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Sex Toy Sommelier is our sex toy matchmaking and advice column at SheKnows. Whether you’re taking your first brave steps into the world of sex toys and sexual health accessories (welcome, it’s fun here!) or an old pro looking to add some new goodies to your existing collection (hello to you too!), Health & Sex Editor Katherine Speller is here to help SheKnows readers level-up their bedside tables, toy chests and/or DIY sex dungeons with the tools they need to feel deeply satisfied — and give some pro-tips on how introduce some of these new toys and tools into your sex life along the way.
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Write in to let us know what you’re into, what you want to be into or what you’re in the market for via our hotline (we’ll keep things anonymous, of course) and we’ll do our very best to drop a range of toys and sexual health products that meet your tastes, wants and needs. While money certainly can’t buy you love, it can buy you orgasms — which can be just as good, TBH.
Orgasms! They’re extremely fun to have. They can feel like a sparkly, explode-y, DIY hard reset on your body. But they can also be polarizing, elusive, high-pressure, stressful (and even painful!) for some.
There’s a lot of feelings surrounding the big O (who has more of them, who isn’t having them) and — because humans are diverse and fascinating critters — no two people have the same feelings about sex and pleasure.
Which brings us to this month’s ask:
I (cis-female, 29) have never had an orgasm with my partner (cis-male) who i deeply love and I am worried about hurting his feelings by sharing that. Are there some toys I can bring into the bedroom to help get us both there?
So my very first instinct is to caution that orgasm is not synonymous with pleasure. There are numerous reasons some people don’t or can’t orgasm with a partner during intercourse or other activities (some medical, some mental, some technical!). If you’re still having fun and enjoying yourself and feeling honored and pleasured and cared for, it doesn’t matter if the orgasm itself doesn’t happen every time (unless you really want it to happen). But that said, a lot of people (disproportionately cis-women) who want to have orgasms are struggling to have them with their partners.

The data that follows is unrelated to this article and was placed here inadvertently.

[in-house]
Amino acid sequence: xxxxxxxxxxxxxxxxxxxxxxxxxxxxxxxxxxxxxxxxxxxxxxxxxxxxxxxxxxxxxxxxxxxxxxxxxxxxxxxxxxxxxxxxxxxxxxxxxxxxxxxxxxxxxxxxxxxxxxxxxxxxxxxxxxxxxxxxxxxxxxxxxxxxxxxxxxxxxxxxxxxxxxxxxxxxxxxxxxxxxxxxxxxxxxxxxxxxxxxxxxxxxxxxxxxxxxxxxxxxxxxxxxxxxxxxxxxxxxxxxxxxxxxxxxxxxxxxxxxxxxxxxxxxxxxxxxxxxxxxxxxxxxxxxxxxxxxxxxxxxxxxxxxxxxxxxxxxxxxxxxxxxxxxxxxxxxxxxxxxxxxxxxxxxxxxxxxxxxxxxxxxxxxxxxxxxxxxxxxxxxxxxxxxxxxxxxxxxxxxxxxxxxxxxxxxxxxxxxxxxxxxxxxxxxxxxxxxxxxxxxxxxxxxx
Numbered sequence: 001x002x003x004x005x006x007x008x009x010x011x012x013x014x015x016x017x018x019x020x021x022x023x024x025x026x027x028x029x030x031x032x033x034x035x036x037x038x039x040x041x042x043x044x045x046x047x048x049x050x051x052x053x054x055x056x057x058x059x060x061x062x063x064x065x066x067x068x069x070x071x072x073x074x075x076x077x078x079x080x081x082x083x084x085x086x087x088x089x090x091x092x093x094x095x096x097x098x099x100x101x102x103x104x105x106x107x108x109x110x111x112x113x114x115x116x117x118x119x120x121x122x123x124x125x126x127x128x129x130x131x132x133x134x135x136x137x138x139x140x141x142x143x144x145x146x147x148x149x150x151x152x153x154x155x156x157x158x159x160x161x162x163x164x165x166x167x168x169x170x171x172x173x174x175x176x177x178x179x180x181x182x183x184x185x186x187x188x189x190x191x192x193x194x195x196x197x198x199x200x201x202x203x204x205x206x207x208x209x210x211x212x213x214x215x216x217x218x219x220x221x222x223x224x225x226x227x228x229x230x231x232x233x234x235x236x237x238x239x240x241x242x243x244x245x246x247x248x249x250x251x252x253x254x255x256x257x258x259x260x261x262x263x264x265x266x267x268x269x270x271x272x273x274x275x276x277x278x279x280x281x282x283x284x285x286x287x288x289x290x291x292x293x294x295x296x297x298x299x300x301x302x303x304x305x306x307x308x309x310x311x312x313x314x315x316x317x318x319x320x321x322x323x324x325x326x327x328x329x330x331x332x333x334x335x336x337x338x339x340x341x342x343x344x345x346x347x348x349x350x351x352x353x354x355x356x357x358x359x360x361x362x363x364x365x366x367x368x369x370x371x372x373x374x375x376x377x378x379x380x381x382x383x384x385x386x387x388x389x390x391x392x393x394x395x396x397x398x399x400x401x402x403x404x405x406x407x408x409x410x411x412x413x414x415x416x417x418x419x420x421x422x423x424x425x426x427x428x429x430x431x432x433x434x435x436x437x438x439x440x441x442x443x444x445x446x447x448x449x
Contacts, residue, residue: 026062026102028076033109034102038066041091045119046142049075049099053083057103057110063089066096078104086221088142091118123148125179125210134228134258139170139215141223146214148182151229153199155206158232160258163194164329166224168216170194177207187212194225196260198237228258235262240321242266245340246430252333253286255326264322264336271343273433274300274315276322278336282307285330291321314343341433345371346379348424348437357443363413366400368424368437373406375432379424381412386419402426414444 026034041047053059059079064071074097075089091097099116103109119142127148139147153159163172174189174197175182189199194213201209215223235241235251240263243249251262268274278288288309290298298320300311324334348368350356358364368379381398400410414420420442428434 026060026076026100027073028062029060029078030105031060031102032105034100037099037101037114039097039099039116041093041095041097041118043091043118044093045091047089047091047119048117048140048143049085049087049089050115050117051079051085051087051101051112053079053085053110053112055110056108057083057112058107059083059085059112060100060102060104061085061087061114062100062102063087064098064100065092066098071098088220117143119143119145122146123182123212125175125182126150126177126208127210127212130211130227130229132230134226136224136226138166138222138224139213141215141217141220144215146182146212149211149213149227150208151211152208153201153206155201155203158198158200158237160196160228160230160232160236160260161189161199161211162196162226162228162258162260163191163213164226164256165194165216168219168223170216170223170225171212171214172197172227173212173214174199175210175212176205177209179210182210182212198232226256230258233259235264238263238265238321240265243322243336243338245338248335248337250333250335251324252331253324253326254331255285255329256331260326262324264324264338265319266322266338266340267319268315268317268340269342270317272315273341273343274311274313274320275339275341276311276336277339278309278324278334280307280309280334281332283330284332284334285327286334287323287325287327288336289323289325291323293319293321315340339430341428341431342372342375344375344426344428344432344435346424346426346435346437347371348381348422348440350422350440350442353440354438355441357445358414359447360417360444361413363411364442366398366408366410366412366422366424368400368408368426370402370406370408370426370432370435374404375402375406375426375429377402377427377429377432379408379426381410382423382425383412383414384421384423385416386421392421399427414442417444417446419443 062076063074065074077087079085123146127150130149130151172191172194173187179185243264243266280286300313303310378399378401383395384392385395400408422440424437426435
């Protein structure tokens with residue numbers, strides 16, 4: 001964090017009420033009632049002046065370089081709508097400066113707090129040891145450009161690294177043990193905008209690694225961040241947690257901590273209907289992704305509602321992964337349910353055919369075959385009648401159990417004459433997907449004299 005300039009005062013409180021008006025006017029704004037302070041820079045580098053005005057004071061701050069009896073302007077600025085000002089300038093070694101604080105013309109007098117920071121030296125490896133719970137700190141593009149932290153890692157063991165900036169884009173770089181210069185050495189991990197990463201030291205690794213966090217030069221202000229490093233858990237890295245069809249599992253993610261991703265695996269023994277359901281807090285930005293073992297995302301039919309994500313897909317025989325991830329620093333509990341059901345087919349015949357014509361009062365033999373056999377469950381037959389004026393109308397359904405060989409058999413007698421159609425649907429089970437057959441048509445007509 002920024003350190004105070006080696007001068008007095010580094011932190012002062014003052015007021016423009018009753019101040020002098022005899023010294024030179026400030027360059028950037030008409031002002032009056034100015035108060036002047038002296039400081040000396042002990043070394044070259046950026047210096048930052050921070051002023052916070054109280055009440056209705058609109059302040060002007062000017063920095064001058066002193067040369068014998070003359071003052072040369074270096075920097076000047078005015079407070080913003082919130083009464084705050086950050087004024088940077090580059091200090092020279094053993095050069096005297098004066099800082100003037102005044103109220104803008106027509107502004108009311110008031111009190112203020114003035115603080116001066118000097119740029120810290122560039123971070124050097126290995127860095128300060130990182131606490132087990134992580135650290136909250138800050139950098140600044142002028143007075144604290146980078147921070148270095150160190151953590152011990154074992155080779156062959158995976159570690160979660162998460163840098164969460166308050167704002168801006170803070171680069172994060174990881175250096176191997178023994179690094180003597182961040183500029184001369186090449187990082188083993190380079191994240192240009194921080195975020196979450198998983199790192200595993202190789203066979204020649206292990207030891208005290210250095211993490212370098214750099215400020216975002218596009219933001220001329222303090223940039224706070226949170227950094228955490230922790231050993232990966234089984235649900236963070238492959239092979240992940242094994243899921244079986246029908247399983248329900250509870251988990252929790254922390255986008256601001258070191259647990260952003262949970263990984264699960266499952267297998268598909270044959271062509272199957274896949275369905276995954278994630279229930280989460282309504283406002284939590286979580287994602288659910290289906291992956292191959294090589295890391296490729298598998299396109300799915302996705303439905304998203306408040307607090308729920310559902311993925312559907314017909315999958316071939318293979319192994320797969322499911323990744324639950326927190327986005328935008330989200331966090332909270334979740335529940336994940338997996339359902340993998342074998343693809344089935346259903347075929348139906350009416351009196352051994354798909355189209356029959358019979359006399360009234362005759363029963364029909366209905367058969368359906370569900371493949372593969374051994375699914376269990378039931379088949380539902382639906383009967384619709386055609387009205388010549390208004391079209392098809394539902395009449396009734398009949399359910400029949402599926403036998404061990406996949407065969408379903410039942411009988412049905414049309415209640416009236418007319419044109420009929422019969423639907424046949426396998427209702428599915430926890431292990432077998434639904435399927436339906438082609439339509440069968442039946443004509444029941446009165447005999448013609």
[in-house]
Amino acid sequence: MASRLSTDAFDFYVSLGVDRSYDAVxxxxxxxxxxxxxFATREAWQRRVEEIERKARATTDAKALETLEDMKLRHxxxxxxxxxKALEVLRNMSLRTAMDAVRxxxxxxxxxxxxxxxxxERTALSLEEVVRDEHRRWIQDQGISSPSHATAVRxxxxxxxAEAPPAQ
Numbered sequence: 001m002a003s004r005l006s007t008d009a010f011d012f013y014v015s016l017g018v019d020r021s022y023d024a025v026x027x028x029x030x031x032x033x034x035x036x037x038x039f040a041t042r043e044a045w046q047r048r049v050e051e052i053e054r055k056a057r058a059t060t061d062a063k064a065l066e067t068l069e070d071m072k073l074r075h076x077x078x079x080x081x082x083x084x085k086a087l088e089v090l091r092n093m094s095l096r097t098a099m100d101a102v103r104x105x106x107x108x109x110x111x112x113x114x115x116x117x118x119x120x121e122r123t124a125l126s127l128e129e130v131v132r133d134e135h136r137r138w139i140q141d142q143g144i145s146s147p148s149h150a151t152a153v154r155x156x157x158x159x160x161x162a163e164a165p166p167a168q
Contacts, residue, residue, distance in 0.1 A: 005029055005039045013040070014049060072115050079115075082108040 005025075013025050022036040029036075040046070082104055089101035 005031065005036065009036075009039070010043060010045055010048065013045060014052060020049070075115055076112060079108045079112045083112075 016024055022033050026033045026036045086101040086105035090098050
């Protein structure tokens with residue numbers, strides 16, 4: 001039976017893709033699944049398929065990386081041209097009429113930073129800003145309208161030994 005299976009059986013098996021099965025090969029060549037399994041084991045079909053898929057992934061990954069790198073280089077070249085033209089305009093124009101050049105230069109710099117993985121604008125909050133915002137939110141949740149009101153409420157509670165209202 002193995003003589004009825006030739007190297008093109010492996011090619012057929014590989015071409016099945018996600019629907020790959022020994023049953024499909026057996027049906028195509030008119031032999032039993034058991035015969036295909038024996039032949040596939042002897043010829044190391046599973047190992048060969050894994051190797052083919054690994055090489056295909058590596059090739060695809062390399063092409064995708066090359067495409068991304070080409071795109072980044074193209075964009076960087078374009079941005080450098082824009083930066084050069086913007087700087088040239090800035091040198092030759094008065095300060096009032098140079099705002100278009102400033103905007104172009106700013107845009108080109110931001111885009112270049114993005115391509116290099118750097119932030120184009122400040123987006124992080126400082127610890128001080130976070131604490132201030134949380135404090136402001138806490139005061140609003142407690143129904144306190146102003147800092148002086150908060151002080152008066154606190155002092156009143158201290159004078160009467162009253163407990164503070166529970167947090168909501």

If this is your experience, you have to know that you are not alone and there is nothing to feel shame about. Research shows that 10 to 15 percent of cis-women say they’ve never had an orgasm at all. According to Indiana University’s National Survey of Sexual Health and Behavior, 85 percent of cis-men report that their partners orgasmed in recent sexual encounter compared to 64 percent of cis-women who report having orgasms. That margin is considered “too large” by researchers to be accounted for by same sex couplings (who by and large do orgasm more, per the stats), meaning men who have sex with women are a little more likely to overestimate their ability to make their partner orgasm.
Also: I am not going to call you out for faking an orgasm. We have all done it once or twice either because you want to make sure your partner knows how much you appreciate the work they’re putting in or you want to bring the sexual encounter to an end. But I will suggest that you don’t make it a habit — communication about what is giving you pleasure in what way is a foundational way to make your sex life better.